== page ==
TCS Daily

Kass Commission Names Emerge

By Nick Schulz - January 15, 2002 12:00 AM

President Bush will announce as early as Wednesday afternoon the members for the Council on Bioethics, sources have told Tech Central Station.

Created last August, the President's Council on Bioethics was established to advise President Bush on controversial biotechnology issues such as human cloning and embryonic stem cell research. Leon Kass, appointed by Bush as chairman of the council, has finished his selections. While not all of the names of the commissioners are now known, and some are still awaiting final security clearances, Bush is expected to announce the list Wednesday afternoon without them present. He will then meet with members on Thursday and the council will hold its first meetings on Thursday and Friday.

Some influential scientists and political libertarians - who favor open-ended scientific research - have worried publicly that Kass would stack a commission that is predisposed to favor his views.

Kass is a well-known and influential public intellectual with a long history of writing about medical ethics. He is a professor in the Committee on Social Thought at the University of Chicago and a Fellow at the American Enterprise Institute in Washington, DC. Kass is also a graduate of the University of Chicago School of Medicine and holds a biochemistry PhD from Harvard University.

His books include "Toward a More Natural Science: Biology and Human Affairs" and "Life, Liberty and the Defense of Dignity: The Challenge for Bioethics." Kass has been critical of the unfettered march of biological science, coming out publicly against human cloning and other biotechnological procedures.

These views have led to criticism, such as that by the prominent Princeton professor and author of the book "Remaking Eden" Lee Silver who said in an interview: "Leon Kass pretends to be a secular bioethicist, but he is not. I believe that his point of view is grounded in religion. Kass has written, 'We are repelled by the prospect of human cloning because we intuit and feel immediately and without argument the violation of things that we rightfully hold dear.' This is not an ethical argument but a religious one."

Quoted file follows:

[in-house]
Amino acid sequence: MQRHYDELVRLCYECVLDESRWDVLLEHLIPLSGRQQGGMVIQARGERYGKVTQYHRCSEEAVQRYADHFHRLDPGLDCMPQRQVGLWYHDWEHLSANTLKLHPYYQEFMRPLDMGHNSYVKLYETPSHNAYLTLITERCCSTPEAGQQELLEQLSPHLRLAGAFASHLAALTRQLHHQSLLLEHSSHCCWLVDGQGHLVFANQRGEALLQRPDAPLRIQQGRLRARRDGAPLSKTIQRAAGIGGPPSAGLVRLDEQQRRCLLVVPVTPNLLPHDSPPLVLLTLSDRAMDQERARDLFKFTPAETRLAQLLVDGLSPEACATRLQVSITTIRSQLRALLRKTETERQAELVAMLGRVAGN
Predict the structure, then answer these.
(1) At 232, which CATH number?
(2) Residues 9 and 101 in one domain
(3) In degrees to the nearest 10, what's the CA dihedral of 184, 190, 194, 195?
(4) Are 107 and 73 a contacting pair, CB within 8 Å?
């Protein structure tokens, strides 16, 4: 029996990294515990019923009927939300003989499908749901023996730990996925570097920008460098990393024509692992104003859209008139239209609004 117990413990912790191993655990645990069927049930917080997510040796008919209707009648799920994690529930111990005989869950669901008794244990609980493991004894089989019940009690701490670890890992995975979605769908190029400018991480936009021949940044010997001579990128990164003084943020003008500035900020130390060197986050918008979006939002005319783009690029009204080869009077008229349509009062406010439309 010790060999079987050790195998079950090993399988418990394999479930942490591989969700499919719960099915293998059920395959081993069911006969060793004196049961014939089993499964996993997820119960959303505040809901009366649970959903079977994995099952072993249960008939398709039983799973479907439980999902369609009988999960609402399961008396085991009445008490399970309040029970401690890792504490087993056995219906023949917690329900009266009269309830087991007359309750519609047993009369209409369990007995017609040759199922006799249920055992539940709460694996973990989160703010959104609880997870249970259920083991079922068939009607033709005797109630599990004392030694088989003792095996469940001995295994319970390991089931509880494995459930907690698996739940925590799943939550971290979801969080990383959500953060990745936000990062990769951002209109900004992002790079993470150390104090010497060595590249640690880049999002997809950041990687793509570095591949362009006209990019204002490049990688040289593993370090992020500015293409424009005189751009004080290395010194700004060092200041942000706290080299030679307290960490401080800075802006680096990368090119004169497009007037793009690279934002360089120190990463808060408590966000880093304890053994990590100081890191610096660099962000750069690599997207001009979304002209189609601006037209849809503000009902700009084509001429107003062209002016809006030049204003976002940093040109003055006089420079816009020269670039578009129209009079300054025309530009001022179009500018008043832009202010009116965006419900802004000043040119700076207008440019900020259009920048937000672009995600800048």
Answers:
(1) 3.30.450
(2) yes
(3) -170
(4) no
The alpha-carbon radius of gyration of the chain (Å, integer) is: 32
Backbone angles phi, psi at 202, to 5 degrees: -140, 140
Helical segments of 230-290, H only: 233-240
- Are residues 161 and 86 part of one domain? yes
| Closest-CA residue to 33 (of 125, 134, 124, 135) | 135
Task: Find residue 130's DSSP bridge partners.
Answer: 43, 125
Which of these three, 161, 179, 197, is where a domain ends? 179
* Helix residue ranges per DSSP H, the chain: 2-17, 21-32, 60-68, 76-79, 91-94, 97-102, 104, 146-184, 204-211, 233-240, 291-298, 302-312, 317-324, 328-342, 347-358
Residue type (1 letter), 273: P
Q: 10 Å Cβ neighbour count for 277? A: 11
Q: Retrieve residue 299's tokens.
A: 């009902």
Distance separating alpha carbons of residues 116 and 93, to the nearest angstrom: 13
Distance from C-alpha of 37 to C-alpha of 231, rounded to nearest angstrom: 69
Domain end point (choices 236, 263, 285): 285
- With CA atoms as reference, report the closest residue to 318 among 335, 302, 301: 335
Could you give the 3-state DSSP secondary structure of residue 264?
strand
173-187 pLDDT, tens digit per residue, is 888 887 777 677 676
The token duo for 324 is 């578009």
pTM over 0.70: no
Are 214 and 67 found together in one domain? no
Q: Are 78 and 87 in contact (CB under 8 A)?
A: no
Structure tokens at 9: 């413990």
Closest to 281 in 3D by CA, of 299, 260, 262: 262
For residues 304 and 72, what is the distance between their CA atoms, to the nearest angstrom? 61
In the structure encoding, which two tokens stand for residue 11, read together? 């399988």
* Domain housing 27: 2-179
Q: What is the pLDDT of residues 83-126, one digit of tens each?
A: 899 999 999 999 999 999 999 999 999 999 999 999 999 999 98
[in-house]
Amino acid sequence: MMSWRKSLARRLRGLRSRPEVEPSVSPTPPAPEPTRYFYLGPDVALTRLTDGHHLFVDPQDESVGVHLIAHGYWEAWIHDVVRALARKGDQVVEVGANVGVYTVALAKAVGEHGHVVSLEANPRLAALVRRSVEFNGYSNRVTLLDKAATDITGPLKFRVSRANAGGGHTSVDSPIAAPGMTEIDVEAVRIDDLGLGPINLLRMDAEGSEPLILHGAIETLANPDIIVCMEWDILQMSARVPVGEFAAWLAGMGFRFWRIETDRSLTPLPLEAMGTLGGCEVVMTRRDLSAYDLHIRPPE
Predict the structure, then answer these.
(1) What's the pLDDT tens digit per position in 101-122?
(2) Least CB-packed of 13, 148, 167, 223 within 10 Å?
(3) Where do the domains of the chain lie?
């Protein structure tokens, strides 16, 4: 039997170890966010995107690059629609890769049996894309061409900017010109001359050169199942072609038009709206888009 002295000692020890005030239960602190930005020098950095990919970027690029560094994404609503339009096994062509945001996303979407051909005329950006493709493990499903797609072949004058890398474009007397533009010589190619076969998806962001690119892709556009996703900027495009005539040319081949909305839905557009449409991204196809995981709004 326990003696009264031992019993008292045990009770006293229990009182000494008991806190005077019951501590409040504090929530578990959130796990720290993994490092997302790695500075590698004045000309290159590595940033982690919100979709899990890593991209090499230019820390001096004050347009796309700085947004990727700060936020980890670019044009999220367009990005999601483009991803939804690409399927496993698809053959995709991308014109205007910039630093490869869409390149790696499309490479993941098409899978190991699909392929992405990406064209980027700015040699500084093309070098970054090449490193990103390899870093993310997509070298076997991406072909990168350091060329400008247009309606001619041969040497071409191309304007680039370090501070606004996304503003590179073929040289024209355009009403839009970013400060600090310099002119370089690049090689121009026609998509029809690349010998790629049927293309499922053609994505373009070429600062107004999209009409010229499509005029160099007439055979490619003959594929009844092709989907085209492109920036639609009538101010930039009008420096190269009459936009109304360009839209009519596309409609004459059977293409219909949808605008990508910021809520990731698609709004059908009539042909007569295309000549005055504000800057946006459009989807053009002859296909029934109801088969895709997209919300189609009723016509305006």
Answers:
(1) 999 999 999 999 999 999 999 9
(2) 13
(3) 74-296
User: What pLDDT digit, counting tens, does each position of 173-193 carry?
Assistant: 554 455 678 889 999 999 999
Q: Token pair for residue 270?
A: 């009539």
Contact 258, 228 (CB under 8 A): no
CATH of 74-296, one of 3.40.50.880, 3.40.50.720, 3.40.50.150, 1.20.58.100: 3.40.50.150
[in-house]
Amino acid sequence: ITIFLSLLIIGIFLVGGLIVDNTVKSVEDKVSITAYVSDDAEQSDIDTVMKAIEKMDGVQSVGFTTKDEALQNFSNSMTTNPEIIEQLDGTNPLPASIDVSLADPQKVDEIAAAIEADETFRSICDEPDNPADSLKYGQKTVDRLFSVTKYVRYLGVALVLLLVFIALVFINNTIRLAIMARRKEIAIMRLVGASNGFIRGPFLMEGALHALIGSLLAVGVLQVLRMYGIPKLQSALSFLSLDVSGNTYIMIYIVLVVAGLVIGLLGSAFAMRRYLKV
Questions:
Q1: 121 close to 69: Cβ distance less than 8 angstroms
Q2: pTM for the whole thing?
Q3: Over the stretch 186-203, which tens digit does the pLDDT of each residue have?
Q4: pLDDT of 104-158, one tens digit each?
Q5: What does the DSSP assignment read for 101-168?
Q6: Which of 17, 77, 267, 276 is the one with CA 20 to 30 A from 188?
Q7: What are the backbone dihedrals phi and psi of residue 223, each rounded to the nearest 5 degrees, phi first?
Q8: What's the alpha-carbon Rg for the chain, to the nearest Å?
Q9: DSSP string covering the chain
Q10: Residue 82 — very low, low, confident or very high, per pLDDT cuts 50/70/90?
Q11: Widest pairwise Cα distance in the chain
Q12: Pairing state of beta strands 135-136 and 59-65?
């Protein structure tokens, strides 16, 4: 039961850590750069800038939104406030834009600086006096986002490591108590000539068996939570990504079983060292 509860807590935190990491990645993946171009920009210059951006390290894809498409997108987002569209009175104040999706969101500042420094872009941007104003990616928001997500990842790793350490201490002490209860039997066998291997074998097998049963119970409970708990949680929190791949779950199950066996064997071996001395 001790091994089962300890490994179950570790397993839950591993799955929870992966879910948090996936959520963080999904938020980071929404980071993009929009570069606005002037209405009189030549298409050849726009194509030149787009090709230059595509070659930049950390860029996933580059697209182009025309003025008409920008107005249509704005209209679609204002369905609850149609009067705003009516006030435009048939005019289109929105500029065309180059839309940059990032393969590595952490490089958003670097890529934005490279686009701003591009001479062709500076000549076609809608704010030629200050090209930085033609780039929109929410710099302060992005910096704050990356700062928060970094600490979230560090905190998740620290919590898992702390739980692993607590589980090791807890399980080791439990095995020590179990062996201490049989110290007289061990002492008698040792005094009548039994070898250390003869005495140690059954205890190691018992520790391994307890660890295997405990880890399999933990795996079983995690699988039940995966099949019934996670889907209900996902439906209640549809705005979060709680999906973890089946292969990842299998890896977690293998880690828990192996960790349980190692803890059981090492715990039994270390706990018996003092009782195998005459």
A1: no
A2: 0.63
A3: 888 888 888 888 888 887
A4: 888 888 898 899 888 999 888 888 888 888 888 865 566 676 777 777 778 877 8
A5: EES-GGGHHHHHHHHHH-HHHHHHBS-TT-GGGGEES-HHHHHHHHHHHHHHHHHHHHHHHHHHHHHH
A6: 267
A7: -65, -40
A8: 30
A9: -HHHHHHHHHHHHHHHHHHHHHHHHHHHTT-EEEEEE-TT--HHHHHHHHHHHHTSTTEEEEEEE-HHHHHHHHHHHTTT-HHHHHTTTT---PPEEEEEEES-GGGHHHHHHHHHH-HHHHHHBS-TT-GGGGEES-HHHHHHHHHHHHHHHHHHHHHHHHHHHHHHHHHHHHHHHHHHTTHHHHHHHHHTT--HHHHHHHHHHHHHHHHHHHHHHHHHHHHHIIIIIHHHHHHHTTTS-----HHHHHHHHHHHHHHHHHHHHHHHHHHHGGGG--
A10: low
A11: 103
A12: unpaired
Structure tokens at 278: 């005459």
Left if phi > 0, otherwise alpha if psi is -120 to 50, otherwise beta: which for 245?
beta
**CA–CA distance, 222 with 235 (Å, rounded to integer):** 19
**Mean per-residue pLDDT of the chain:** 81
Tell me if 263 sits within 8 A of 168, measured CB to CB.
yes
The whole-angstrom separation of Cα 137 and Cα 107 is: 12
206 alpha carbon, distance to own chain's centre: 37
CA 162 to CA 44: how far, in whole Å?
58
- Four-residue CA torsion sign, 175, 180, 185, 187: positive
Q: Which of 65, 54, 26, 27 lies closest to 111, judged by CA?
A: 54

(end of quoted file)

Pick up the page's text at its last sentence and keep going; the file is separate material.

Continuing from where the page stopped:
The few names that have emerged so far suggest that chairman Kass' views will be amply represented and respected on the council. They are:

  • James Q. Wilson is Emeritus Professor of at UCLA and former head of the American Political Science Association and the American Sociological Association. The author of the book "The Moral Sense," Wilson is also the co-author of the book "The Ethics of Human Cloning" that he wrote along with Kass.

    Wilson and Kass engaged in a public discussion about on human cloning in the late 1990s, after which Wilson changed his views on human cloning. In a letter to the American Enterprise magazine in 1999, Wilson said, "I now think that [Kass] is right and that human cloning should be banned until some difficult problems are solved (if in fact they can be solved)."

  • Robert George is the McCormick Professor of Jurisprudence at Princeton University. George is an influential scholar and his views on controversial issues such as stem cell research are well known. He is the author of "The Clash of Orthodoxies: Law, Religion, and Morality in Crisis."

  • Charles Krauthammer is a nationally syndicated columnist and a psychiatrist. He has written extensively on medical ethics. He has written publicly in favor of stem cell research. He also has praised Kass publicly and suggested that Kass be named Surgeon General.

  • Francis Fukuyama is a professor of political economy at George Mason University and the author of a book to be published in April, "Our Posthuman Society: Consequences of the Biotechnology Revolution." He has written widely on biotechnology and regulation, including most recently in the neoconservative journal, The Public Interest, an article titled "How to Regulate Science," which is an excerpt from his book.

Finally, an interesting selection in the mix is Dr. Alfonso Gomez-Lobo. He is currently the Ryan Family Professor of Metaphysics and Moral Philosophy at Georgetown University. He has written extensively on classical Greek philosophy, with an emphasis on Aristotle. But his views on issues such as cloning and stem cells are not readily known.

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